Dynamics GP Developer Insights: GUI Independent Window Object Model

Chris Rudolph - Click for blog homepageThis is a reposting of an article Chris Rudolph originally wrote on my Developing for Dynamics GP blog.

Hello, my name is Chris Rudolph.  I have been working as a software engineer on the Dynamics GP team here in Fargo since the summer of 2008.  I like to spend my time hanging out with my wife (we just started disc golf!) and playing the cello.

So far at Microsoft I have worked on a variety of projects including the WCF conversion and install for GP Web Services 2010, the Workflow install, SRS reports, Analysis Cubes for AA, and now the web client.  My web client work has been primarily in the depths of the Dexterity runtime and the ‘interop’ layer it uses to communicate with the .NET world.


A previous installment of ‘Dynamics GP Developer Insights’ highlighted the implementation of one of our Silverlight controls.  Today we are shifting our focus away from the UI and to the plumbing used to handle data transmission between the client and server.  The red boxed section in the graphic below indicates where I will be focusing my attention.

Rather than discussing abstract concepts, I’d like to walk through an example using one of the most familiar windows in the product – the login window.

Server Callbacks

The first message sent from the client is a ‘Connect’ message, which causes dictionaries to be loaded and the login form to be opened.  During the startup sequence, the code executing is nearly identical to that which executes today.  The primary difference is that the web client’s version of Dexterity has been instrumented to raise callbacks at notable times during execution so that external consumers can react to changes occurring in the runtime.  Implementations for each exposed callback are written and registered by the managed Dexterity wrapper, allowing changes from deep within Dexterity to be surfaced to the client over a WCF service.  Let’s take a look at the first notable event.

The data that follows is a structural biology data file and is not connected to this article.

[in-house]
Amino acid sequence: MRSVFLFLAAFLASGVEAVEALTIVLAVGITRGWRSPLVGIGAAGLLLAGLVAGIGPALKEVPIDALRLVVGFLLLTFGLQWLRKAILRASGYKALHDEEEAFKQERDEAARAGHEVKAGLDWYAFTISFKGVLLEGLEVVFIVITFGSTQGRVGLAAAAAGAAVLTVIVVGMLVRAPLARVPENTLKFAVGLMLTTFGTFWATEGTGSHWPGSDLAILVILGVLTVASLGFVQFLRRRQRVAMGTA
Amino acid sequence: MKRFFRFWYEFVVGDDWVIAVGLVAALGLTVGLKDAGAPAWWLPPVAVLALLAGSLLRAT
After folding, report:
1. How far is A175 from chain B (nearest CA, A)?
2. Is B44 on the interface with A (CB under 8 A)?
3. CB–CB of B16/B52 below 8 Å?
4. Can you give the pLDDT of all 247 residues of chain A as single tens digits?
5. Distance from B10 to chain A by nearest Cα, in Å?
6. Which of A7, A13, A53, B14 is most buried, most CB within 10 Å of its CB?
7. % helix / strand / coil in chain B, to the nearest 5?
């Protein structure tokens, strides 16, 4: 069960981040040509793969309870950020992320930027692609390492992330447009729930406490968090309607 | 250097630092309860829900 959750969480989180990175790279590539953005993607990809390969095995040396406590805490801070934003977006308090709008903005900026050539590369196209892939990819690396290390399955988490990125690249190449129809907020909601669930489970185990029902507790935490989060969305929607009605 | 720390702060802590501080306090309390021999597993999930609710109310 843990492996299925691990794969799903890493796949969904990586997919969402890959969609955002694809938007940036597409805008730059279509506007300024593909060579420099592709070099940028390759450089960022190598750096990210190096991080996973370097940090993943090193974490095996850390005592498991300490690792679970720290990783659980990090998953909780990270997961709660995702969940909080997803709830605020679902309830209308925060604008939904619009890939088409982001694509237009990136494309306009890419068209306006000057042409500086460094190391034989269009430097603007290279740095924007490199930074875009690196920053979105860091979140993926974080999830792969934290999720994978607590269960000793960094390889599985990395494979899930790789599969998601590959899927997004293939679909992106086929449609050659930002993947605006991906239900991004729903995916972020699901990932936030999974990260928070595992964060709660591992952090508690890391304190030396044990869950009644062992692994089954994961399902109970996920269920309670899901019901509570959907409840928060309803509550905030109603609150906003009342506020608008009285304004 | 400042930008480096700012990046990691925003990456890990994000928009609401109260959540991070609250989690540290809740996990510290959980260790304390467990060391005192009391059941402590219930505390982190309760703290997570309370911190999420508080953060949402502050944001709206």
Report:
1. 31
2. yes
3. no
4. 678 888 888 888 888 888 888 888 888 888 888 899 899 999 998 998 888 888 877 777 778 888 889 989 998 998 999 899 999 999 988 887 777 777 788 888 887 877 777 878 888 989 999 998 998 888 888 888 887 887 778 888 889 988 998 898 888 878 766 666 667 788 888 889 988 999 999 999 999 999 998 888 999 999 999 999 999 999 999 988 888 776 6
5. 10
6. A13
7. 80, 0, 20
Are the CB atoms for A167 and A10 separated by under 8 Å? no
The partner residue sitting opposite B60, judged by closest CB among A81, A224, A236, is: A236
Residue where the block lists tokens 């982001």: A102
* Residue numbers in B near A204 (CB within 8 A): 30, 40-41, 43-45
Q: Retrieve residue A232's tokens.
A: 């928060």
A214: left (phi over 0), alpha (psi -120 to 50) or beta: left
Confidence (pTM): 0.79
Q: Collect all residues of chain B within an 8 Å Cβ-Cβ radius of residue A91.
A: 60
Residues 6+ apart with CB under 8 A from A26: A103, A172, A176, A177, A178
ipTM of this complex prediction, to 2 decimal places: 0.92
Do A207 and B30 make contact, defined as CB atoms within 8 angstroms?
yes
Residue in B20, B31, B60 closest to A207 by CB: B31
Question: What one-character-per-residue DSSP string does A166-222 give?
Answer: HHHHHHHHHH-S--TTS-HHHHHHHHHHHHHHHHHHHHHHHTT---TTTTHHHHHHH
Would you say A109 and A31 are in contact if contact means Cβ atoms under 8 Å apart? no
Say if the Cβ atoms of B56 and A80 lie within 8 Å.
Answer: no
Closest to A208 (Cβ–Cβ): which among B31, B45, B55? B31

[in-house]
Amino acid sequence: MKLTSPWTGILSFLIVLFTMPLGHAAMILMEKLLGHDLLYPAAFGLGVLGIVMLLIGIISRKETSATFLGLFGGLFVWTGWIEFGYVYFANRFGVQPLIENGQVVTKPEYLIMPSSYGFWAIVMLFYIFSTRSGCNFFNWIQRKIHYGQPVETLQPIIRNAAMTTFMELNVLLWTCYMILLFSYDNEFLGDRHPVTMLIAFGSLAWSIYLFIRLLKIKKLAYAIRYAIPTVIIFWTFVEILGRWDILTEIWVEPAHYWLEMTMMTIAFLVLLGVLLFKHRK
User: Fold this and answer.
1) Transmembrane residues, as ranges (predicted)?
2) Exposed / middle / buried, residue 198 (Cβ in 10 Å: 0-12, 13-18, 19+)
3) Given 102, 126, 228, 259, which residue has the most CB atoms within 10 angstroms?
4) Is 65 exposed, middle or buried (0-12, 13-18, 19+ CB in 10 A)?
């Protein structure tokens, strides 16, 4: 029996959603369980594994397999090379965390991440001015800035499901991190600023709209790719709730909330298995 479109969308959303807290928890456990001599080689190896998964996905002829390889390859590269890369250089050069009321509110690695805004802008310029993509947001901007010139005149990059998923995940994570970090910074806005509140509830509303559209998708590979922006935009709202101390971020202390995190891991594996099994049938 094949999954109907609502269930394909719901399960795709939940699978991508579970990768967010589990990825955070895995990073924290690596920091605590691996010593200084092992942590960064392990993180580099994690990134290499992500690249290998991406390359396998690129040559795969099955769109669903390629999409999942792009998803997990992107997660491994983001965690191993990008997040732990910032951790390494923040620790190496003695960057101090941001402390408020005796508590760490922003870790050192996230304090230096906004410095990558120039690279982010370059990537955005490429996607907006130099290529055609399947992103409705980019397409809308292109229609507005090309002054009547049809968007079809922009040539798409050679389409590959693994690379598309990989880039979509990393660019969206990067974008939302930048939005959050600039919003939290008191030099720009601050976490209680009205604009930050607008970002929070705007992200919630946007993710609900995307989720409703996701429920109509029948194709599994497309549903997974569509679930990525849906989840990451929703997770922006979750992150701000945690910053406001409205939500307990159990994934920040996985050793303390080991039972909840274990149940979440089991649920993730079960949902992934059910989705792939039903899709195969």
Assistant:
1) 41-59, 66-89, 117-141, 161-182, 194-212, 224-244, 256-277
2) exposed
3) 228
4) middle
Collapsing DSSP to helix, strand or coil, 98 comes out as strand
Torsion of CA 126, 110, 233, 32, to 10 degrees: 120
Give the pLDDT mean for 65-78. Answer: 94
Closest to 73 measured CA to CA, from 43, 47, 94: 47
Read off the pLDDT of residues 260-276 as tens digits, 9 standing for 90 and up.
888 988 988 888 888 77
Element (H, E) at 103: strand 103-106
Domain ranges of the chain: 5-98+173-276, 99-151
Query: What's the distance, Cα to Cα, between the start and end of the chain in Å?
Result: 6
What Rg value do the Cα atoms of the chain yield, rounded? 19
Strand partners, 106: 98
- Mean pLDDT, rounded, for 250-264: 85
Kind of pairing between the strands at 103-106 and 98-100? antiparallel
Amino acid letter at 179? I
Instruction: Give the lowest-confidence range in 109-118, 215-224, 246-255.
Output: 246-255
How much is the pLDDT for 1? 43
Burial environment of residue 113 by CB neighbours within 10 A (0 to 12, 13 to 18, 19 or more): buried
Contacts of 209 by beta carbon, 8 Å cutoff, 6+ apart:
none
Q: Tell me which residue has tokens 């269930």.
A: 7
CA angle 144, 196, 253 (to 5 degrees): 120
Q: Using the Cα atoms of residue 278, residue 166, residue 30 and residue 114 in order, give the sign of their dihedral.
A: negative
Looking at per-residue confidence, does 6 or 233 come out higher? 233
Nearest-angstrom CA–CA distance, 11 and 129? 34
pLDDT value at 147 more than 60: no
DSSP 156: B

As the login form opens, a callback is executed indicating that a form is being opened.  The callback contains data used to identify the form, as well as the action that is being taken (in this case, the form action is OpenStarting).

When invoked, the managed handler for this action calls back into Dexterity and retrieves metadata about the form using the new Dexterity Object Model (DexOM).  After the raw data is retrieved from the DexOM, a series of type converters run.  These have the responsibility of populating fields in the GUI Independent Window Object Model (GIWOM) objects of the form, each of which represents a single window.  At this point we have a .NET representation of the window that matches the dictionary definition exactly.  However, the dictionary definition is insufficient because it does not account for changes that happen when scripts execute.  The graphic below illustrates this by showing that the window’s ‘Sources’ drop-down list contains no entries.